Anyone accused of child abuse or neglect is facing a serious situation that requires legal counsel. Allegations of abuse or neglect are not criminal charges, but they can lead to criminal charges if the Division of Child Protection and Permanency (DCPP) uncovers criminal activity during their investigation.
DCPP often refers cases of substantiated child abuse or neglect to the county Family Court, which does not go onto a criminal record. Cases referred to Family Court prohibit the judge from issuing penalties such as state prison and probation. However, DCPP officials can refer the substantiated child abuse or neglect case to law enforcement or the county prosecutor, which can result in criminal charges. The DCPP can also handle the entire investigation and outcome within their jurisdiction, which eliminates Family Court and criminal charges altogether.
What is the DCPP Process of Substantiating Charges of Child Abuse or Neglect?
When the DCPP receives a report of suspected child abuse or neglect, they will begin an in-person investigation within 24 hours. Case workers will go to the home of the child to speak with parents or caregivers and assess the home situation. If they believe the child is in imminent danger, they will remove the child from the home. A court hearing will follow within days of removal to determine if the child should remain outside of the home or be returned to their parent or caregiver. A final hearing will be held to determine whether the abuse allegations are substantiated, established, not established, or unfounded.
Upon completion of a full investigation, DCPP will send a letter to the parents or caregivers accused of child abuse or neglect informing them of the status of the investigation. In New Jersey, substantiated cases of child abuse or neglect require the parent or caregiver’s names be filed on the state’s Child Abuse Registry. This database will include the parent or caregiver’s name and the nature of the substantiated abuse or neglect.
Can Child Abuse or Child Neglect Charges Affect Employment?
While DCPP cases are most often handled internally or within the family court system, these charges can have a detrimental effect on employment opportunities and the futures of substantiated abusers. The Child Abuse Registry is a database for background checks on all people applying for licensed jobs in childcare, education, and in elder care. Registered individuals are not eligible for employment in these industries. Inclusion on the Child Abuse Registry also limits individuals from becoming foster parents and adoptive parents and will be a detriment in child custody cases.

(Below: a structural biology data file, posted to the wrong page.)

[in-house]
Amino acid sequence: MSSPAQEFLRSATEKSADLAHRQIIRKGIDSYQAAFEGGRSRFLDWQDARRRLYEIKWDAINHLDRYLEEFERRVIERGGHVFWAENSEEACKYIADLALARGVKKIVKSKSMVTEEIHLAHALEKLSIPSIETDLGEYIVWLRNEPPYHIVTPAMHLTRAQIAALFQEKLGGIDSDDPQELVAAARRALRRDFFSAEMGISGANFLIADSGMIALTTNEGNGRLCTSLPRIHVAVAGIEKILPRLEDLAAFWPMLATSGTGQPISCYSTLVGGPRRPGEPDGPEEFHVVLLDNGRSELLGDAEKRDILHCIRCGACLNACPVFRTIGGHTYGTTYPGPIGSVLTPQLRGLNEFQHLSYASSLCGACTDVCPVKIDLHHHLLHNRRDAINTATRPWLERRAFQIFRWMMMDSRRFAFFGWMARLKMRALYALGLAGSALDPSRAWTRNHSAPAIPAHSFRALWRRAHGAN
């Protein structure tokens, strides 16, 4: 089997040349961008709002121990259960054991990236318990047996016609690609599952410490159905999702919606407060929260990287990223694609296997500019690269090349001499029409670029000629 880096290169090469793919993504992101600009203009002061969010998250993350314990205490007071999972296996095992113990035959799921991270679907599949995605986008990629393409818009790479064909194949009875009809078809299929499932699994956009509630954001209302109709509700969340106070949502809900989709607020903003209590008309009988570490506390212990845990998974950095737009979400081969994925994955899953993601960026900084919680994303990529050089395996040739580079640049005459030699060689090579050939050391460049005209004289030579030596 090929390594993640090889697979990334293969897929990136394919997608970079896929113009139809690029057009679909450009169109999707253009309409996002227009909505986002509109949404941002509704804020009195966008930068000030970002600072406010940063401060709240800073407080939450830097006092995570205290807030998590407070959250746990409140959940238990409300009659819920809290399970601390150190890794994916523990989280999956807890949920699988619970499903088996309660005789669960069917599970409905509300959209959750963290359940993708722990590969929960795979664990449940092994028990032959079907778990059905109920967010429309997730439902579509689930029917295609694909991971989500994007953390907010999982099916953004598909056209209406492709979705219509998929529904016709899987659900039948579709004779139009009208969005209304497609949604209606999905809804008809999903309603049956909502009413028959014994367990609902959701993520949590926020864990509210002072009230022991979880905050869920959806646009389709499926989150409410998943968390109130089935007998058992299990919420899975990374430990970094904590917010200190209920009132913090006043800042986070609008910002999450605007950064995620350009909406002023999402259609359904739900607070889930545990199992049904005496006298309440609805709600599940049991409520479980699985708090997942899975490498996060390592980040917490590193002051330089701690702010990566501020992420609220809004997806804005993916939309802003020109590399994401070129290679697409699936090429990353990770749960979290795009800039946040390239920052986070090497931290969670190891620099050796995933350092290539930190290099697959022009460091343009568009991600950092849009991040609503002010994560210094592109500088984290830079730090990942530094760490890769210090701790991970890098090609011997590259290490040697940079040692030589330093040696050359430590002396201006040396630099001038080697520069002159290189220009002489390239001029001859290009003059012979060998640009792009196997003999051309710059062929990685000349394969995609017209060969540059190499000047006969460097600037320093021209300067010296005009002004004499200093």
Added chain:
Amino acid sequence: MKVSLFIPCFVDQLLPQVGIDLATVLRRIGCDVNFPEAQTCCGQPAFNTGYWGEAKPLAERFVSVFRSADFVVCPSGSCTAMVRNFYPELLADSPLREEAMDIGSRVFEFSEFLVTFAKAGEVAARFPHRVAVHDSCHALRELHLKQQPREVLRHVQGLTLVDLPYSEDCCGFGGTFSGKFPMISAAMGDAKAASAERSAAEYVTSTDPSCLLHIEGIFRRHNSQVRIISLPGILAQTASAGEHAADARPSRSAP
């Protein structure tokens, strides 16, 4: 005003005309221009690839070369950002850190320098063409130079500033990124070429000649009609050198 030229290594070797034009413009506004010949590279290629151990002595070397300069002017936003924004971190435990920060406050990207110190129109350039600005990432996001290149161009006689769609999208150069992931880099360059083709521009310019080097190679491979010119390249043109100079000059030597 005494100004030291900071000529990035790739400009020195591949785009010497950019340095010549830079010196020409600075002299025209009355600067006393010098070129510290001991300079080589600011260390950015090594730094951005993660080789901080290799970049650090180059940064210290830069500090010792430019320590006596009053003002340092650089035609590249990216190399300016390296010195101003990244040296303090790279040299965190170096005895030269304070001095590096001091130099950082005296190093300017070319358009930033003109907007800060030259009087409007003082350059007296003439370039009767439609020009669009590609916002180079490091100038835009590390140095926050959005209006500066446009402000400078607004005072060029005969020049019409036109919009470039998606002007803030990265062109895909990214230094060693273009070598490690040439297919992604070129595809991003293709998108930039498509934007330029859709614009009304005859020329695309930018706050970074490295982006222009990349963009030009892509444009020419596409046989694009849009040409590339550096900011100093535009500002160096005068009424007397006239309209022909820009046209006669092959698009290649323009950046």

The Child Abuse Registry does not mean the individual had criminal charges for child abuse or neglect filed, but it does mean that the DCPP investigation found credible evidence that abuse or neglect existed. New Jersey law requires all childcare and elder care employers to check the Child Abuse Registry for all individuals being considered for employment.
Consultation with an experienced DCPP lawyer is critical for those with substantiated charges. The appeals process has strict filing deadlines and evidence requirements necessary for a successful outcome.
Contact a South Jersey DCPP Lawyer at the Law Offices of Theodore J. Baker if You are Facing Child Abuse or Neglect Charges
If you have received notice that you are being investigated for suspected child abuse or neglect, the Law Offices of Theodore J. Baker at 856-210-9776 to arrange a confidential consultation with a South Jersey DCPP lawyer. You can also contact us online. Our Cherry Hill, New Jersey offices serve clients throughout Haddonfield, Marlton, Medford, Moorestown, Mount Laurel, Voorhees, and throughout South Jersey.